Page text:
The LivingPulse.org is a work in progress. Even its definition remains somewhat in limbo. I see it as an organization with a building and/or a sanctuary where individuals come together to share what they feel as spirituality in spite of having a disbelief in most traditional religions. That sense of spirituality comes from getting out of a focus on the individual 'self', and into a focus on the oneness of all living things thru different rituals. Those rituals can take many forms: meditation, music, percussion, dance, yoga, communing with the natural world thru running, hiking, and/or kayaking. There is more and more scientific evidence pointing to this oneness. The LivingPulse is the closest thing of which I am aware that offers a true spirituality (religion) grounded in science.
The below commentary offers a first effort to bring it to birth. I put it together as a means to help me bring many of my own disparate thoughts and ideas into a cohesive whole. I also wanted to offer an explanation of what LP is all about to any interested parties. Your thoughts and/or ideas are welcome.
If you are interested in exploring the LivingPulse with us, please enter your email address below. We're not sure what form this will take, but let's start a conversation.
From my earliest childhood, I have felt the need to have a connection with some essence of spirituality. Having concluded rather early that I could not sustain a belief in traditional religions, I was left with a void. Off and on, over the years, I kept returning to that need---to that void. The LivingPulse is the closest thing that I have come to filling that need.
Also, early in life I could feel, especially when alone and in the natural world, some sort or energy, pulsation or vibration. It seemed to be both around me and within me. At the time, I just thought of it as a curiousity. Off and on, over the years, I kept returning to that feeling—to that sensation. The LivingPulse is the closest thing I have come to describing and expressing that sensation.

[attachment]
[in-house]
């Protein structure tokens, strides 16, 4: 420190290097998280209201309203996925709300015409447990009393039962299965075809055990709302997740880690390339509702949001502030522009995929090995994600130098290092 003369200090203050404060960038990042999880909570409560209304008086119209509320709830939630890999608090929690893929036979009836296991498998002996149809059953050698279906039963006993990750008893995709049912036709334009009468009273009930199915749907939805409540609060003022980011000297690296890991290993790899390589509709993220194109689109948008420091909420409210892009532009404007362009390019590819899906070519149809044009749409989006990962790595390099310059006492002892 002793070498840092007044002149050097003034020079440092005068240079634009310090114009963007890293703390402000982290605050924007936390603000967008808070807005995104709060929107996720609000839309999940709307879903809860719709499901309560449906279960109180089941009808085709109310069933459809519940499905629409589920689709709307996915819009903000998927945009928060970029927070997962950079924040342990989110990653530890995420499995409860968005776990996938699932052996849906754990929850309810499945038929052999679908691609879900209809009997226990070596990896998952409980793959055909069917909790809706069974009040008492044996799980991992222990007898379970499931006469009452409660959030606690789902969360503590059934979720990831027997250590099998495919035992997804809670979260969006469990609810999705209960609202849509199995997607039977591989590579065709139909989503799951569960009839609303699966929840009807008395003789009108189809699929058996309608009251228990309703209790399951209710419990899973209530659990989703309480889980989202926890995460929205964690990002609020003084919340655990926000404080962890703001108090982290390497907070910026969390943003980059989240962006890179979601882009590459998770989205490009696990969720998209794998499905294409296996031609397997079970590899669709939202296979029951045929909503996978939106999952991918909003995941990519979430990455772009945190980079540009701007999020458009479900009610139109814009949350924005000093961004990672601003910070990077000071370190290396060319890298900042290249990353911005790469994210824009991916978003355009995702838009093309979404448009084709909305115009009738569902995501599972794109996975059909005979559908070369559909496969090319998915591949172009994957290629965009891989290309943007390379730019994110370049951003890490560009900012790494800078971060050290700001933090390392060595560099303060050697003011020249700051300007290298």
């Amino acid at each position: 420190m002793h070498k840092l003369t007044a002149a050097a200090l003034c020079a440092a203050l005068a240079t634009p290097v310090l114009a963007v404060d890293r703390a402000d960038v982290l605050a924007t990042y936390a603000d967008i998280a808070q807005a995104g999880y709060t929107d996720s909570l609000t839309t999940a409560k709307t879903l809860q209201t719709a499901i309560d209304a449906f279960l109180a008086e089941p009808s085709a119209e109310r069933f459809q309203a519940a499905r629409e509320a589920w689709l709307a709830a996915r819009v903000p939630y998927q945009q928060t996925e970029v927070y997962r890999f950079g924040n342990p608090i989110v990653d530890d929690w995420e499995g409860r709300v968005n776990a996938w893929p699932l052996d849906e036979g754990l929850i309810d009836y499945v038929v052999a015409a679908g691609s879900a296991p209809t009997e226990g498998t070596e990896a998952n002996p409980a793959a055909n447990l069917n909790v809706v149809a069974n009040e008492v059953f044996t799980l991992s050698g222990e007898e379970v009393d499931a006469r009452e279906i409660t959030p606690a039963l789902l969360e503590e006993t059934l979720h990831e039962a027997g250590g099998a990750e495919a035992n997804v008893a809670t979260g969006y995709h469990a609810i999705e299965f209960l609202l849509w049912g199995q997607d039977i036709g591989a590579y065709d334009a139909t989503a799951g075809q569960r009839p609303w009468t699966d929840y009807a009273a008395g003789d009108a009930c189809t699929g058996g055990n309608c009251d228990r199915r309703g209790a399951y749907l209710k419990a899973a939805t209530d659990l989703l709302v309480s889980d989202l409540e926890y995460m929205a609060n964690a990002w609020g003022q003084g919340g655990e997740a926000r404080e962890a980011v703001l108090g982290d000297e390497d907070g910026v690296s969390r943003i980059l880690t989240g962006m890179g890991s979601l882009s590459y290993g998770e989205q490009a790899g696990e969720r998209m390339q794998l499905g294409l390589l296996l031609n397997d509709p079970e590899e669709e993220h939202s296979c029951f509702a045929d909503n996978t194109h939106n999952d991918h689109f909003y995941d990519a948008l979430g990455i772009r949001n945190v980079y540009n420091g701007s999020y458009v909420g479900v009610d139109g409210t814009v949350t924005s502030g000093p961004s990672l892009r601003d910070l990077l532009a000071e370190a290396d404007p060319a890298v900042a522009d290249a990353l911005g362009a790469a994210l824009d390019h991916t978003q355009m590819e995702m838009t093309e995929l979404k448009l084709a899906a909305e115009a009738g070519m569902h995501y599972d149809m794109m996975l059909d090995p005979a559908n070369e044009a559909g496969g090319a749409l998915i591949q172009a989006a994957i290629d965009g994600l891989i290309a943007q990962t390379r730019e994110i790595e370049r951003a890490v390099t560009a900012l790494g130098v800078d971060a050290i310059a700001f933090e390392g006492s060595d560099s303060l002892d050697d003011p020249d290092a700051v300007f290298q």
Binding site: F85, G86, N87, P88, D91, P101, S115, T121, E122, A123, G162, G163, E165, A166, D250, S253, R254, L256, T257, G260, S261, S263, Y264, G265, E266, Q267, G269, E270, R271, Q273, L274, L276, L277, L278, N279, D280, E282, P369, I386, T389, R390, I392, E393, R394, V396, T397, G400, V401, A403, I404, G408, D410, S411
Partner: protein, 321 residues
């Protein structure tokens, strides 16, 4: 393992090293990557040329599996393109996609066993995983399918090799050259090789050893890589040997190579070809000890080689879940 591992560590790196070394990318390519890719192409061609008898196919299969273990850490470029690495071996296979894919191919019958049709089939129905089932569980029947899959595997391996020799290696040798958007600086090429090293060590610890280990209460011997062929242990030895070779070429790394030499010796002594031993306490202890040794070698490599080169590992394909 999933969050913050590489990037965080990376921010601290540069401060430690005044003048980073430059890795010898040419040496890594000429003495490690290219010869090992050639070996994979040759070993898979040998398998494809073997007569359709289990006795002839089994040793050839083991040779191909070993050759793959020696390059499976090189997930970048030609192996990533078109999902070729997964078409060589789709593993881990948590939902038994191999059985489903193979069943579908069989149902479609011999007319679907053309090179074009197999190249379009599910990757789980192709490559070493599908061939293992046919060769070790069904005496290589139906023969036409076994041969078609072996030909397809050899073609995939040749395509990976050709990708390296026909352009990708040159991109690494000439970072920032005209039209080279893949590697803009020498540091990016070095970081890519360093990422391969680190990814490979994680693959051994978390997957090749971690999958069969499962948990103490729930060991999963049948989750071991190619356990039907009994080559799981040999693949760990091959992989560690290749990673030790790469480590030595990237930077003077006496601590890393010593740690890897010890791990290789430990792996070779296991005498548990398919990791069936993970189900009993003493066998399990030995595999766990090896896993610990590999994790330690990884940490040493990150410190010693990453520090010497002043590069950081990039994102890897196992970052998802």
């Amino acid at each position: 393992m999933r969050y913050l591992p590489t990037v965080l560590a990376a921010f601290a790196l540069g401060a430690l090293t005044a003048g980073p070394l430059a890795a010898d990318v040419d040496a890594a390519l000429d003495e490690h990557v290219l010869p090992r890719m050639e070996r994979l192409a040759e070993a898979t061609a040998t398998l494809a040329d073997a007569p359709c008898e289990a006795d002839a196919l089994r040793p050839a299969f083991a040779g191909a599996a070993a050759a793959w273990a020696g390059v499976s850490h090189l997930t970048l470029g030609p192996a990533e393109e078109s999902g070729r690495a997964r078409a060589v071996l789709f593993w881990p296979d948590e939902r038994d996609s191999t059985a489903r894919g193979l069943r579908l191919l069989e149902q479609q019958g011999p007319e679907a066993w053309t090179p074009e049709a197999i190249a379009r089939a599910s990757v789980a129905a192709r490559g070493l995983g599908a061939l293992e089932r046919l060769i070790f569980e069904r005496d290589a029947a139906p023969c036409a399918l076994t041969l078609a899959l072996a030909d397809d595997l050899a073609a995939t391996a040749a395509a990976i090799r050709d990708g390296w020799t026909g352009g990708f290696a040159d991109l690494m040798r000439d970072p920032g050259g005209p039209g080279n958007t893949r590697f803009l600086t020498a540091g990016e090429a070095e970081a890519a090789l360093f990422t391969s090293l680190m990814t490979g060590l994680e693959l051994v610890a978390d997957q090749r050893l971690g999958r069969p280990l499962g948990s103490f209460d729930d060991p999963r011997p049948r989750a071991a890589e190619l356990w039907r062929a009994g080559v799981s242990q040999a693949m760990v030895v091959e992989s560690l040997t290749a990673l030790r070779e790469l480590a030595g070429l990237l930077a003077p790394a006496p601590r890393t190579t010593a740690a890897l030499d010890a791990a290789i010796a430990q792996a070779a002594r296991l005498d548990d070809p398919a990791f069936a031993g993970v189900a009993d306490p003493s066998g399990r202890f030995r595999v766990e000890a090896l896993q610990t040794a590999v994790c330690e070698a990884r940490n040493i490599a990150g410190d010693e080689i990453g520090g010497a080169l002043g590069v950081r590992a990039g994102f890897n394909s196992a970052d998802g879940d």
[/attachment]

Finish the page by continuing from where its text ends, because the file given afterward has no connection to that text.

To be clear, The LivingPulse is not intended or expected to be a money making venture for me, or anyone else. Quite the opposite, I expect to spend monies to support the endeavor.
There is one other thing I need to be clear about; I do not consider myself any kind of teacher or spiritual leader. I am simply a 'seeker' who feels that what I perceive as The LivingPulse can offer help to me on a spiritual journey, along with any others who care to join the journey.
There follows some commentary that I hope explains, and inspires one to consider adding your thoughts, ideas and voice to, The LivingPulse. The sections are divided into personal, philosophical, and scientific underpinnings. The scientific section is rather long, and can be difficult, but I did my best to bring it into one's grasp. It is still a little “out of reach” for me and I have spent hours ruminating over it.
I spent twelve years in Catholic school as a young person. Whether that experience imbued me with a need for spirituality, or I had that need temporarily fulfilled by the experience, I don't know. Ultimately I was without a belief in traditional religion, but I still maintained a sense that there was something with which I could connect that had a spirit, a soul, an energy. I just did not know what. I studied and read as part of a search, and found my way to eastern ways of connection to the 'one' and to Native American understandings of our connection to the natural world. Meditation became a frequent, if irregular, practice. At one point, while struggling to find a purpose to continue with life, I decided to go to the mountains, starting before sunrise, and returning after sunset, to spend the day alone, walking. Something happened. I decided to live and continue the search.